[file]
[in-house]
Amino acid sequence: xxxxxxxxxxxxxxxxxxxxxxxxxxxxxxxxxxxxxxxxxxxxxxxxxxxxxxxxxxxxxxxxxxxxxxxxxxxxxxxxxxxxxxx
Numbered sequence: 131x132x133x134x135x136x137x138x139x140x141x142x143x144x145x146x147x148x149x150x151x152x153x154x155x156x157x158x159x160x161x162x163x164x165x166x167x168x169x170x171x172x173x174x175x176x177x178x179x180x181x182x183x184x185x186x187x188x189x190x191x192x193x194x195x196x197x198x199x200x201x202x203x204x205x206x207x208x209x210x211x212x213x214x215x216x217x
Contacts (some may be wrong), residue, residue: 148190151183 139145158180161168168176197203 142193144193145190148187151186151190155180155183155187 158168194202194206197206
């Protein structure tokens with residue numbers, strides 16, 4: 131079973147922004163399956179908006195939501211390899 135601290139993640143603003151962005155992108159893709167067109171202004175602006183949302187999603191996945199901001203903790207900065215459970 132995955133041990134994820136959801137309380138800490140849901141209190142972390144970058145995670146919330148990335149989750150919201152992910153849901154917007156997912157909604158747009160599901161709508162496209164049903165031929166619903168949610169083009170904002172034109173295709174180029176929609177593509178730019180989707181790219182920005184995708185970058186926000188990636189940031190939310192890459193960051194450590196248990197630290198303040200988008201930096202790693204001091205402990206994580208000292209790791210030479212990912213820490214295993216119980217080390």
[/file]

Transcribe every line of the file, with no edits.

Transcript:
[in-house]
Amino acid sequence: xxxxxxxxxxxxxxxxxxxxxxxxxxxxxxxxxxxxxxxxxxxxxxxxxxxxxxxxxxxxxxxxxxxxxxxxxxxxxxxxxxxxxxx
Numbered sequence: 131x132x133x134x135x136x137x138x139x140x141x142x143x144x145x146x147x148x149x150x151x152x153x154x155x156x157x158x159x160x161x162x163x164x165x166x167x168x169x170x171x172x173x174x175x176x177x178x179x180x181x182x183x184x185x186x187x188x189x190x191x192x193x194x195x196x197x198x199x200x201x202x203x204x205x206x207x208x209x210x211x212x213x214x215x216x217x
Contacts (some may be wrong), residue, residue: 148190151183 139145158180161168168176197203 142193144193145190148187151186151190155180155183155187 158168194202194206197206
């Protein structure tokens with residue numbers, strides 16, 4: 131079973147922004163399956179908006195939501211390899 135601290139993640143603003151962005155992108159893709167067109171202004175602006183949302187999603191996945199901001203903790207900065215459970 132995955133041990134994820136959801137309380138800490140849901141209190142972390144970058145995670146919330148990335149989750150919201152992910153849901154917007156997912157909604158747009160599901161709508162496209164049903165031929166619903168949610169083009170904002172034109173295709174180029176929609177593509178730019180989707181790219182920005184995708185970058186926000188990636189940031190939310192890459193960051194450590196248990197630290198303040200988008201930096202790693204001091205402990206994580208000292209790791210030479212990912213820490214295993216119980217080390």